Slow Speeds

"Slow Speeds" can come from a multitude of causes, and there could be any number of solutions. It is very difficult to completely define all causes that could be responsible. Before we look at the causes of Slow speeds let get familiar with some of the terminology.

Terminology


Bandwidth, Speed, and Usage

To better understand how your service works. first, we need to understand some of the terms involved.
To do so we will compare your internet service to your water service.
Just like your water comes from a source such as a river or a lake, the internet also can be linked to a source, such as a webpage or a server.

In this scenario lets assume you wish to fill up a barrel with water. The water travels a path from a source to a pumping station from that station into a pipe, then follows that pipe to a faucet in your home and into the barrel from a hose. If you turn on one faucet you would have the maximum amount of water the pipes could carry which would translate into a lot of water and a lot of pressure. Because there is only one hose using the water the barrel would fill up rather quickly. Now take that same scenario follow that water all the way to your home, and instead of turning on one hose you turn on all of the faucets in your home. In this case, you would still have the same amount of water, however, each faucet would have much less pressure because it is divided out to all of the faucets and the barrel will take much longer to fill.

For your water;

Bandwidth is the amount of water being carried to your home from the pipes, as well as in the pipes of your home.
Speed is the amount of pressure allowed to your faucet.
Usage is the number of barrels you are allowed to fill over a given time, let's say a month.


For your internet;

Bandwidth is the amount of flow that is available, both from DFN to the internet but it is also the amount of flow from your router to all the devices in your home. DFN makes sure that we have more than enough bandwidth for all of our customers over our entire network.
Speed is the amount that we divide out to your home due to the package that you have purchased, let's say for example you purchased the 100 Mbps package. With that package, you are able to use 100 Mbps
Mbps The way that your speed is measured is called megabits per second abbreviated by Mb/s or Mbps the lower case b stands for bit. Megabits are often confused with Megabytes per second which a megabyte (MB/s or MBps) is eight times larger than a megabit so a megabyte per second is eight times faster than a megabit per second. Network device speeds are normally described as megabits and megabytes are normally for storage. All of DFN speed package are in megabits per second. To learn more Data-rate units
Usage is the amount of data you are allowed to use each month, normally measured in "MBps"(MegaBytes per second). Currently, DFN does not monitor or control the amount of usage you can use per month. To learn more Monitoring your Bandwidth

Causes


Line Changes

If you have a connection that previously ran well but is now running slow, it is possible that the physical condition of the line has changed over time and lowered the rate at which your modem is able to train up with our equipment. If you have changed the property of the lines by adding a splitter or filter, possibly even a new phone on a jack in your home remove those devices and check your speeds again to see if they have returned to normal.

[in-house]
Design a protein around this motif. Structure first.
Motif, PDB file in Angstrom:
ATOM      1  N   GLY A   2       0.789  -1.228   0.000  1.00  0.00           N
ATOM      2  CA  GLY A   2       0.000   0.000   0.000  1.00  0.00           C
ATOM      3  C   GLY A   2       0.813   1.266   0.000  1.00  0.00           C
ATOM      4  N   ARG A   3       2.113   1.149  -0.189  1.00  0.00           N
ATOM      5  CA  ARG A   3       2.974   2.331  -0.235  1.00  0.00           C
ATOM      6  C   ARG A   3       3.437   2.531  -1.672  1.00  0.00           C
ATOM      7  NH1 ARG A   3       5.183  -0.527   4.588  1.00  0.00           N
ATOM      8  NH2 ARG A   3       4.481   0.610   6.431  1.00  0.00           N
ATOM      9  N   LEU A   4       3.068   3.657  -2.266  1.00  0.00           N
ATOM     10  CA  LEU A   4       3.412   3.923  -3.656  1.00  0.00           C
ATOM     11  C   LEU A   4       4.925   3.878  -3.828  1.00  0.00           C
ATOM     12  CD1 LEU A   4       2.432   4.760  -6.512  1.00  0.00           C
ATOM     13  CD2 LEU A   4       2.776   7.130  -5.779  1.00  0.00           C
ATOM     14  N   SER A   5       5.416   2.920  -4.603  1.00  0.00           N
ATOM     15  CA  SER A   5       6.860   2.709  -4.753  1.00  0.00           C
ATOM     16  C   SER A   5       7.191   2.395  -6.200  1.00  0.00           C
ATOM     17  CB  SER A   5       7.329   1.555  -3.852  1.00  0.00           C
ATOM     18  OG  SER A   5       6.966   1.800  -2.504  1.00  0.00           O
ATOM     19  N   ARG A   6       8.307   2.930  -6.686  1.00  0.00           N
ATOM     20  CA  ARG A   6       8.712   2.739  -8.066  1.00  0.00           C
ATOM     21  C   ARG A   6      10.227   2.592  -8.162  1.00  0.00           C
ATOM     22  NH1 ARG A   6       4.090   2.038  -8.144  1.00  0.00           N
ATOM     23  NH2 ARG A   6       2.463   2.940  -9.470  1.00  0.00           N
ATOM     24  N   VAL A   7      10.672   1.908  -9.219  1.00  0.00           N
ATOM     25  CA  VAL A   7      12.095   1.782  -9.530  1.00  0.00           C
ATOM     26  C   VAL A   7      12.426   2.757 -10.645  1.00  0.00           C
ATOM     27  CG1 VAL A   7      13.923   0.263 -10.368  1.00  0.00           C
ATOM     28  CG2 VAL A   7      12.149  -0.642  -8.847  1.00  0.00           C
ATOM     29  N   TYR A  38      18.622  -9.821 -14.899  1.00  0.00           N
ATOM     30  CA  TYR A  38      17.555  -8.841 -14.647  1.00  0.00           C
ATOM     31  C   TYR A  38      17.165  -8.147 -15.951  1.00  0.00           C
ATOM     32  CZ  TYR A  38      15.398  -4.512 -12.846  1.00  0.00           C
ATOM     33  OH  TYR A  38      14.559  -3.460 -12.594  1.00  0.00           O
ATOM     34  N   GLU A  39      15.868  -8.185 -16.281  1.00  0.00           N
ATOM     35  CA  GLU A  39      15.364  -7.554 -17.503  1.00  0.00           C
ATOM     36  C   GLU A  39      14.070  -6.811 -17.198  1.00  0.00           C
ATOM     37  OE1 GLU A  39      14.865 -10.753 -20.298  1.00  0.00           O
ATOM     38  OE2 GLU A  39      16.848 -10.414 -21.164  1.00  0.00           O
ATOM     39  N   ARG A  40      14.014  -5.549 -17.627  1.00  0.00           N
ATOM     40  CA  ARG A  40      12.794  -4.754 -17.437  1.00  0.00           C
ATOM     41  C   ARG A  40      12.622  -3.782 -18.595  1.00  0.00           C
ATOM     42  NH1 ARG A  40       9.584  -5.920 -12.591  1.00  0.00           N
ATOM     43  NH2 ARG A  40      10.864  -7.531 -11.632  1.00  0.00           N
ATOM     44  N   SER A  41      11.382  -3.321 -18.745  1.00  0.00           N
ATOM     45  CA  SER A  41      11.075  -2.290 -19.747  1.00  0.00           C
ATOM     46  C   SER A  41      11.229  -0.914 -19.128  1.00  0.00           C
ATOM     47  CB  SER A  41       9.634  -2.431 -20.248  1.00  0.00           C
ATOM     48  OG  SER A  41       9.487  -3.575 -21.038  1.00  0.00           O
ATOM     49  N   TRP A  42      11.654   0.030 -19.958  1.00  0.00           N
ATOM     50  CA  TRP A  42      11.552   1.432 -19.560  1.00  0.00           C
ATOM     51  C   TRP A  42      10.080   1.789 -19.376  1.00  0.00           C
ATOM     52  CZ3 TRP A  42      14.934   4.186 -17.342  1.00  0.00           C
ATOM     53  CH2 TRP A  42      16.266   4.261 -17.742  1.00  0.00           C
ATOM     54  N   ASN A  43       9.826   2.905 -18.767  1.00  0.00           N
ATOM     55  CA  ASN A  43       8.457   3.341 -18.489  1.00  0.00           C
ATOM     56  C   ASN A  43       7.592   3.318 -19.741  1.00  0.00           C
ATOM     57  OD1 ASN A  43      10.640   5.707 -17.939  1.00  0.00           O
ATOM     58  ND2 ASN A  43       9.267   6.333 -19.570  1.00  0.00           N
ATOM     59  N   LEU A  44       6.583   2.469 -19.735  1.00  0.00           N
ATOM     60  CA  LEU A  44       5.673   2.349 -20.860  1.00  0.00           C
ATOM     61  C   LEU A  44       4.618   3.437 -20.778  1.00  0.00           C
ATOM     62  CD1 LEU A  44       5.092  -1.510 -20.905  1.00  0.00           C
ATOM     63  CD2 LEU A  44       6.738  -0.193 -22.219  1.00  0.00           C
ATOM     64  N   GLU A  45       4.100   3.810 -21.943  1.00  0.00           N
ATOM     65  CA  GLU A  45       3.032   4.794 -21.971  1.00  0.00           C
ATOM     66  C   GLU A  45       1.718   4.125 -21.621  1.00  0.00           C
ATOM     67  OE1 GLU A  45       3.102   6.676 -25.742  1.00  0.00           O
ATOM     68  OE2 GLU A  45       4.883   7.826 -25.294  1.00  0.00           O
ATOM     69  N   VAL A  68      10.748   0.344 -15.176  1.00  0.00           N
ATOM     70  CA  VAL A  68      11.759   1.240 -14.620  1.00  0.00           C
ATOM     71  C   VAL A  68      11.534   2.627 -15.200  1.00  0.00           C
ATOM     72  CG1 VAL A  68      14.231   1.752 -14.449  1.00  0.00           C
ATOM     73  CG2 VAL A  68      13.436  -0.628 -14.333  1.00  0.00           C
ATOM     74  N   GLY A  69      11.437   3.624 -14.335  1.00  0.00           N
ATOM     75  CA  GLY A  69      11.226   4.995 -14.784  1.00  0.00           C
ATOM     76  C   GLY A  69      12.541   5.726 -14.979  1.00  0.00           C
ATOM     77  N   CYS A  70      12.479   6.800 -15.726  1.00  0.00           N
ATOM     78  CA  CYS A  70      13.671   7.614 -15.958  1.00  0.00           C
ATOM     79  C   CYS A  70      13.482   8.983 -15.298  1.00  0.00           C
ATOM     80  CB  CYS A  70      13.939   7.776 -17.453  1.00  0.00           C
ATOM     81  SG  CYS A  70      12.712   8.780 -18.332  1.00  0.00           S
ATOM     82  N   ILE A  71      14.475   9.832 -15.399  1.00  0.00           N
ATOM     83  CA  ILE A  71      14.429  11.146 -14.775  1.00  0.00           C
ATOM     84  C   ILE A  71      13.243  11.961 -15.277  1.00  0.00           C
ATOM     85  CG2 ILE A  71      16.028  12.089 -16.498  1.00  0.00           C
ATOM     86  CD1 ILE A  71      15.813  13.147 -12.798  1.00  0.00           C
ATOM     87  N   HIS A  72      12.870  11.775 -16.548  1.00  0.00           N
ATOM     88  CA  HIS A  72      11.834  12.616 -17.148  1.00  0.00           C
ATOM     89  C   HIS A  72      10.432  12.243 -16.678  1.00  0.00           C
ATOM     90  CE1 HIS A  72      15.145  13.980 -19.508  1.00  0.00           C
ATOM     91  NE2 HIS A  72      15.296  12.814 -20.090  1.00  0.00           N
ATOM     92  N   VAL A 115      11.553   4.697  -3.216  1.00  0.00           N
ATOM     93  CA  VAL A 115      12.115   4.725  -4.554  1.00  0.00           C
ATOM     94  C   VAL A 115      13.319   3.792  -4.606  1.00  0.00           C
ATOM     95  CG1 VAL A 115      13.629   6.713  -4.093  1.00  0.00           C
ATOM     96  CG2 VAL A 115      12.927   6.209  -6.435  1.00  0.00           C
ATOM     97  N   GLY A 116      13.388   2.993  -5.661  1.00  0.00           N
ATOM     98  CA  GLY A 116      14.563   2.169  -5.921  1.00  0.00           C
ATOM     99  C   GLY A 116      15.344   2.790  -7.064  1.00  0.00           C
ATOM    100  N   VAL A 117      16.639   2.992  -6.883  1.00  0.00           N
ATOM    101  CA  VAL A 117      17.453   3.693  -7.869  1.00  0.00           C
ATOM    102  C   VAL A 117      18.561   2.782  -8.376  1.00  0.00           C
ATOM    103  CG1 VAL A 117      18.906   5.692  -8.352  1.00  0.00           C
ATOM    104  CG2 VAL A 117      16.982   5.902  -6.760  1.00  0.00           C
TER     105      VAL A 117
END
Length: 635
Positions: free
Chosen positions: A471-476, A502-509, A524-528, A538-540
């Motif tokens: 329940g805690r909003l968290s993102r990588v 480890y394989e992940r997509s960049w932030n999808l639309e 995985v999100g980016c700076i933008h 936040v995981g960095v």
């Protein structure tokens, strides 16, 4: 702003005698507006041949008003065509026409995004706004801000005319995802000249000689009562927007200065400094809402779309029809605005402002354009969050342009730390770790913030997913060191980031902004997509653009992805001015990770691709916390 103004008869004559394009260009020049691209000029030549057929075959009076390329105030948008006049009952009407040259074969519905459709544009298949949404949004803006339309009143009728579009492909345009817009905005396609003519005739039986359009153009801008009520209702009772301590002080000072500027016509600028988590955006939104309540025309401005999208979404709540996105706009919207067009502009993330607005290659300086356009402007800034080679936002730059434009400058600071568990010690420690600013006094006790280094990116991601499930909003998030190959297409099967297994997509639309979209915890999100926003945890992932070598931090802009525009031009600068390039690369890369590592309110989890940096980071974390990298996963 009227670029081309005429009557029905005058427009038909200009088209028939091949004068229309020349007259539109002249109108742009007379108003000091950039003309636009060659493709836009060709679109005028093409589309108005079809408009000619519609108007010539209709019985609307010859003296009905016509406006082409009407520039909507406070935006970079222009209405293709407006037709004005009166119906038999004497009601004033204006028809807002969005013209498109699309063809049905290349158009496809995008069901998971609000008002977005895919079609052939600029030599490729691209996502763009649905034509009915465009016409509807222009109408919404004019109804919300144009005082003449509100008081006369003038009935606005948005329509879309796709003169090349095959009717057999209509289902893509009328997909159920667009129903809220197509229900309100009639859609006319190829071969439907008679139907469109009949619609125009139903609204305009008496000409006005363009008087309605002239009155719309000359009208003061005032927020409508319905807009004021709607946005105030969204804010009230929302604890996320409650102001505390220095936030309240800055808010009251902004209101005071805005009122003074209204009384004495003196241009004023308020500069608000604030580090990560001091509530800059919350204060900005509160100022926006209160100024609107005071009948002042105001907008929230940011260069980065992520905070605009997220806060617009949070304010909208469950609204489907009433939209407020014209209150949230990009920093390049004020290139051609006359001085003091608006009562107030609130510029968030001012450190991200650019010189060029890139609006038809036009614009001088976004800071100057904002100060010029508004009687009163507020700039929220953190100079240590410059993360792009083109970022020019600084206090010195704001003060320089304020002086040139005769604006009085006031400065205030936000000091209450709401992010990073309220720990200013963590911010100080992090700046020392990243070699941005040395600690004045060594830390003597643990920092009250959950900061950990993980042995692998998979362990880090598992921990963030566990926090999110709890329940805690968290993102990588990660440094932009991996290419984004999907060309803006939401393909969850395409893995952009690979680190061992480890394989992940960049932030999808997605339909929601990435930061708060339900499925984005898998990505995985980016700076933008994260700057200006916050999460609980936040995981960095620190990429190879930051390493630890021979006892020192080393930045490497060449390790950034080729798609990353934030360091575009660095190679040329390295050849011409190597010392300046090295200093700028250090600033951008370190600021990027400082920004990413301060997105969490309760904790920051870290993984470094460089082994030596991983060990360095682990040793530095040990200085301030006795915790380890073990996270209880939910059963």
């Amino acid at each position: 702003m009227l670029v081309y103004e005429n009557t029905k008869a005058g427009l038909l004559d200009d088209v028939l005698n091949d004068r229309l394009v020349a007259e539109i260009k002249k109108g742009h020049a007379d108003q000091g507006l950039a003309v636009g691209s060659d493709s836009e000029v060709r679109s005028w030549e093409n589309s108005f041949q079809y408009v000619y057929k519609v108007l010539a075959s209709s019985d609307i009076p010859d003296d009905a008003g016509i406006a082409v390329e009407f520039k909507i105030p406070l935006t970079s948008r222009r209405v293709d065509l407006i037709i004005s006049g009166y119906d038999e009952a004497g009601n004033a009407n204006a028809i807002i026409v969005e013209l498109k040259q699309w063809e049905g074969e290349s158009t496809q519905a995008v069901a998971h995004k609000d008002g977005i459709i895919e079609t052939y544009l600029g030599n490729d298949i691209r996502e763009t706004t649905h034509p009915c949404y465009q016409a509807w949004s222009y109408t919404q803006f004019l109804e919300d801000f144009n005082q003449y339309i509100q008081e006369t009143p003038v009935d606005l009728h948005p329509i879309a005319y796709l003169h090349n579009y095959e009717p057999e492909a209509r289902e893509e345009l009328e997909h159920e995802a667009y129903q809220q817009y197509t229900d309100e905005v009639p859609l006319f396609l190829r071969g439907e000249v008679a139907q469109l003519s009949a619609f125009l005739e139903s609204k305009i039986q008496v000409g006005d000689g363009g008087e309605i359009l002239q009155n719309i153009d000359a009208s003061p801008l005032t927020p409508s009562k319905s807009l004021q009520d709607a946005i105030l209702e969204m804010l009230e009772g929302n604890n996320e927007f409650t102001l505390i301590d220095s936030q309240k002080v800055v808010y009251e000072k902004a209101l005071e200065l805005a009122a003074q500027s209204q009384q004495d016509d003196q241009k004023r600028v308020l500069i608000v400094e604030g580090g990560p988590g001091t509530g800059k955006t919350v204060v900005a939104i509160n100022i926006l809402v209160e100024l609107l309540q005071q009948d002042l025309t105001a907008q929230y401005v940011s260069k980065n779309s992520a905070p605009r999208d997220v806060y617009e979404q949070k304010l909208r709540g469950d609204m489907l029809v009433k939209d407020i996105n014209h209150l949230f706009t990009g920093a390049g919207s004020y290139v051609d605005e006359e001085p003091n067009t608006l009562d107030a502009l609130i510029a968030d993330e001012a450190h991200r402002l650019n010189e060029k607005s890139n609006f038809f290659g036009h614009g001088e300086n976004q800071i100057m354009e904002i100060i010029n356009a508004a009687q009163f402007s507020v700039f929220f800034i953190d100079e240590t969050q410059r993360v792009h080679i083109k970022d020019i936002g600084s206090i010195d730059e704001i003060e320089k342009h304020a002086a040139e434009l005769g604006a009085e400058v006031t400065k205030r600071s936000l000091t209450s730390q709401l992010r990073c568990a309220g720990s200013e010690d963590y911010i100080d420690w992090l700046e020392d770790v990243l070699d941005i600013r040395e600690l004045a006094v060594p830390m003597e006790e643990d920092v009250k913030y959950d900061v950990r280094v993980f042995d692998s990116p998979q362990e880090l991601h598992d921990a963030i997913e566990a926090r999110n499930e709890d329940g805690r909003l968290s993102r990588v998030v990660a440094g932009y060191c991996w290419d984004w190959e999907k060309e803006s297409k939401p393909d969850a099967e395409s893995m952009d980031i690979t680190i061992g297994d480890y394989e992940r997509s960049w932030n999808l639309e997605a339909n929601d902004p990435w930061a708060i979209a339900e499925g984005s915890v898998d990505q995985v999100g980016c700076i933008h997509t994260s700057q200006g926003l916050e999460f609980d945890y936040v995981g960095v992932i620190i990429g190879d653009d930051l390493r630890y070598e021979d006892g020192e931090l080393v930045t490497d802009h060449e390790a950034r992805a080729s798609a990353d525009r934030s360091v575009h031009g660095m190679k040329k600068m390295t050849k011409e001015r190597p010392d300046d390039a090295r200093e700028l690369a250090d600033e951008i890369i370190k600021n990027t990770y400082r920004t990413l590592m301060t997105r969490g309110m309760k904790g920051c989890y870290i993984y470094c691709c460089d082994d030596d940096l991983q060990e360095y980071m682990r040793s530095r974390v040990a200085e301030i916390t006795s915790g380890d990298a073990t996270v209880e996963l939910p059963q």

Bandwidth Consumption

Slow-downs can also be caused by simply using up all of your available speed and saturating your connection with traffic. Some devices like Cellular phone boosters and some programs like Peer-to-peer sharing software are notorious for using all available bandwidth, which in turn would cause other applications and devices in your home to receive slow speeds.

sometimes to the detriment of other applications. If any device on the network is running a program that hogs your connection's bandwidth, it will affect all other devices as well. Frequently this happens on the upstream side, as the software attempts to upload data faster than the connection can handle. Consult the program in question's documentation on how to limit the speeds it attempts to use.

Wireless routers use unlicensed frequencies that just about any device can broadcast on, which can result in signals from one device interfering with the signals of another device. Wireless security cameras, baby monitors, and other wireless computer networks can all result in noise and congestion issues for a Wi-Fi connection. If you normally connect wirelessly, connect your computer directly to the modem and see if the problem persists.

If you're still having issues, please contact Support and we will assist in further troubleshooting.

Speed Tips

If you have hardware, software and related equipment configurations that can connect to the Internet but that are different from the above recommendations, they will still work with your Internet service; however, our testing has shown that these recommendations will work best to achieve your provisioned broadband speed.

If you are not receiving the speeds you expect, remember to test using a hardwired connection to the Internet. Also, make sure you are not in the process of downloading or uploading anything, close all programs using the Internet and power off any other devices that are sharing your home network.

Remember, there are a number of external factors that may limit your speed; as a result, actual speeds may vary. For the best performance, contact your device manufacturer or software provider to learn about required upgrades, configuration updates or to find troubleshooting guides.

WiFi Speed Tips

For wireless connections, you can improve your WiFi speed by positioning your Wireless Gateway centrally in order for it to broadcast its strongest signal. For better WiFi performance see these tips.